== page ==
The most fearsome Sentinel ever is trudging towards Utopia and all Cyclops and Wolverine can do is attack one another. Admittedly, the former is trying to stop the latter from blowing up the godforsaken rock that has become the ‘mutant homeland’, but the fight’s about more than that; it’s the culmination of the philosophical gulf that’s been widening between the pair over the course of this five-issue mini-series. It’s the war over who was loved the most by a long-dead woman.
With the common goal which forced them to put aside their massive personal differences gone, of course these two fight – Logan is a scrapper by nature, while Scott has been twisted by his siege mentality. That they should keep fighting even when the Sentinel reaches the island rather than work together is tougher to stomach – I suppose it’s not just Wolverine who can have ‘berserker rages’.
The two most senior X-Men only pull themselves off one another and take aim at the giant robot when a pack of younger mutants – the Generation Hope and New X-Men kids – appear and attack. And they win, pummelling the Sentinel to bits.
Not that the people behind the attack – the Hellfire Creche – care. The incident has shown the mutant-hating Rest of the World that the new Sentinels are worth investing in … and guess who has the patent?
For the X-Men, more cataclysmic than the giant robot tussle is the aftermath – Wolverine can’t take it any more, he’s leaving Cyclops and Utopia, and he’s not alone. A group of younger X-Men have also had it with Cyclops’ aggressive stance, and apparently wish to honour Charles Xavier’s original dream of integration, not isolation. (I was excited to see Iceman on board the Blackbird too, but I suspect he was merely acting as chauffeur, and is returning to be one of the monkeys on Cyclops’ little Gibraltar. Darn, I’d love Bobby Drake to get an important role in an X-Men book for once, and if he were one of the few senior X-Men in the coming Wolverine and the X-Men title, he’d be just that.)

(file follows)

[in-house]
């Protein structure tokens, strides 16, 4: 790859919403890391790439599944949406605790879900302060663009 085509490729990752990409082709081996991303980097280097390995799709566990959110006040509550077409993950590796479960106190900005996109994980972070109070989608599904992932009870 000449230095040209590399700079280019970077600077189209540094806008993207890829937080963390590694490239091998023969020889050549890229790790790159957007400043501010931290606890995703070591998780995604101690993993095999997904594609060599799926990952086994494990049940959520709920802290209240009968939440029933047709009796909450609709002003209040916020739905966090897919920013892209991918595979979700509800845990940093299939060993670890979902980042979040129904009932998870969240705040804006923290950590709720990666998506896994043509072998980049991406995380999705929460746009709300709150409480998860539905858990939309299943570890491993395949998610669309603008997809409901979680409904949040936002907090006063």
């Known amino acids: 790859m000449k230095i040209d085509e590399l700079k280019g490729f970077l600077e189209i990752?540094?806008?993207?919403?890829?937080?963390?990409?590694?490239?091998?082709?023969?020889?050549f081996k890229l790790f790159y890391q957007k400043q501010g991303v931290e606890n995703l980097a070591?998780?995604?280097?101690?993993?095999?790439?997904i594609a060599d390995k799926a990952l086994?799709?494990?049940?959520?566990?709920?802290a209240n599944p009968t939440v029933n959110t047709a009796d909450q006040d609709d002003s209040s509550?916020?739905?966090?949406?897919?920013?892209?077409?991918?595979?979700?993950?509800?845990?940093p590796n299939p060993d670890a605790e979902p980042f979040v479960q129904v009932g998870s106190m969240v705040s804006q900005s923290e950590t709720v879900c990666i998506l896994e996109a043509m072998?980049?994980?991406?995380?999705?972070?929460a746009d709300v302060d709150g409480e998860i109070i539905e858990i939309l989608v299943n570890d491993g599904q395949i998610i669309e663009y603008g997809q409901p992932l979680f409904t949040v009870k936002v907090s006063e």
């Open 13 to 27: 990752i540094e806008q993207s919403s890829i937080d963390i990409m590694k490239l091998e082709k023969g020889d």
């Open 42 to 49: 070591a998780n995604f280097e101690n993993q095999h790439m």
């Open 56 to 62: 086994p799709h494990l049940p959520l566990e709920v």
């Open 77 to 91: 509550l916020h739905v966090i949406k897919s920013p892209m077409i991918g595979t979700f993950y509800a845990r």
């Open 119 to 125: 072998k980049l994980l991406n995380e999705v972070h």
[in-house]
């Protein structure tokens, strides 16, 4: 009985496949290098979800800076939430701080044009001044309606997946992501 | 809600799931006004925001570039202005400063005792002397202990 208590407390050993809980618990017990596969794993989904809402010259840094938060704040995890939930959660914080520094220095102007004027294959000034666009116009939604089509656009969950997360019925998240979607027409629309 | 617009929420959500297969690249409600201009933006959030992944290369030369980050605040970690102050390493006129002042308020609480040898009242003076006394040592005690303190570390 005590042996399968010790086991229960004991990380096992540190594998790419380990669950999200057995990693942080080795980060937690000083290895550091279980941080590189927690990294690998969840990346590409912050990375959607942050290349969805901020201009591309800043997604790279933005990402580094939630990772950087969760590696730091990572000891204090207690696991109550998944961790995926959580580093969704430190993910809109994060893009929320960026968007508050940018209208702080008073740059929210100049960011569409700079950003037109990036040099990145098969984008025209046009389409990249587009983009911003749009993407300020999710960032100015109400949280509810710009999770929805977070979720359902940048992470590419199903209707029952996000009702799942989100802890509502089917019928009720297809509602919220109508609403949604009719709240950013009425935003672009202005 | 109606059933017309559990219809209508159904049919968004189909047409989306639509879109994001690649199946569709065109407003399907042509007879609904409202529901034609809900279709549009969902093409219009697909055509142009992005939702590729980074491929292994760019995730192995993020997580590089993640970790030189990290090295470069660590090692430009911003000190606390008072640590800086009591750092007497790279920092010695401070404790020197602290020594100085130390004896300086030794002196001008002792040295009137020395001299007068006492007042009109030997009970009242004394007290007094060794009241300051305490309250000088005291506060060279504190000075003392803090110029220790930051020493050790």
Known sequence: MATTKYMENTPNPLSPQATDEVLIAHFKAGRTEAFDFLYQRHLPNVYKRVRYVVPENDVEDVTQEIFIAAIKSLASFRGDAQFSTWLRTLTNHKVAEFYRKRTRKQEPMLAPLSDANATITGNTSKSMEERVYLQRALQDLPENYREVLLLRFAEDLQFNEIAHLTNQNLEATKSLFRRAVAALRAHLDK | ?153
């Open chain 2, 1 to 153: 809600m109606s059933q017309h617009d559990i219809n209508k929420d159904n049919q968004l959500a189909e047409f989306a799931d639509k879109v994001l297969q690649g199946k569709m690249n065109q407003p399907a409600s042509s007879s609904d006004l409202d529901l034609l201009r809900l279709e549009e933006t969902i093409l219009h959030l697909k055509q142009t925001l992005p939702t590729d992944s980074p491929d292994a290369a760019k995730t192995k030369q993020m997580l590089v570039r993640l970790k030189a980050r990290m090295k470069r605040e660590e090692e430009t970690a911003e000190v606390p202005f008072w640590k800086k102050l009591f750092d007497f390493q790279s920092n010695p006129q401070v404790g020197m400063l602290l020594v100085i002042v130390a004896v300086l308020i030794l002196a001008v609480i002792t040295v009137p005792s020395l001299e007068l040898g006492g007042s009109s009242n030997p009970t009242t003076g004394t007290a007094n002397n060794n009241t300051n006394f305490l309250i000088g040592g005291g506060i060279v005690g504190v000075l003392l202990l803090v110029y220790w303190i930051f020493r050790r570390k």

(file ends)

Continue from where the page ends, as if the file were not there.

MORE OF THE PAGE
Schism has been the best X-Men event in years, a short, sharp shot to the system; deftly written by Jason Aaron (and, in Generation Hope, Kieron Gillen) and superbly drawn by a cadre of artists. This issue we have Adam Kubert on pencils, which is always a treat.
|Like father …|
|… like son|
There’s a real intensity to his fight scenes, with an obvious throughline from his father, the brilliant Joe Kubert. Kubert Jr gives us Cyclops, Hope, Wolverine and Irie attacking a Sentinel, but it could as easily be Kubert Sr’s Sgt Rock and the Combat-Happy Joes of Easy Company taking down a Nazi tank (click on images to enlarge – Our Army at War cover borrowed from the superb Grand Comics Database – let me know if I’m nicking bandwidth, chaps!). The determination in the body language, the grim set of the eyes – Adam Kubert has an X-gene of his own, but by cracky he’s worked to hone it.
And it’s not ‘only’ the figure work: the page compositons also help the story hugely – fractured panels to reflect the ideological spat between Cyclops and Wolverine, tiny and numerous for quick pace. And then big, splashy images as the greater conflict can no longer be denied.
Huge credit too, to Mark Roslan, whose digital inks add a richness to the linework, and Jason Keith for a fiery colouring job. The only negative so far as the art package goes would be a spread of panels drawn across the fold, but that’s minor.
The book ends with Wolverine and company at the place he’s chosen for their new home – the demolished Xavier’s Home for Gifted Youngsters in Salem Centre, Westchester County. It’s a spot with memories good and bad for Logan, and the perfect place to begin his own dream for the future of mutantkind.
Cyclops, meanwhile, has his rock.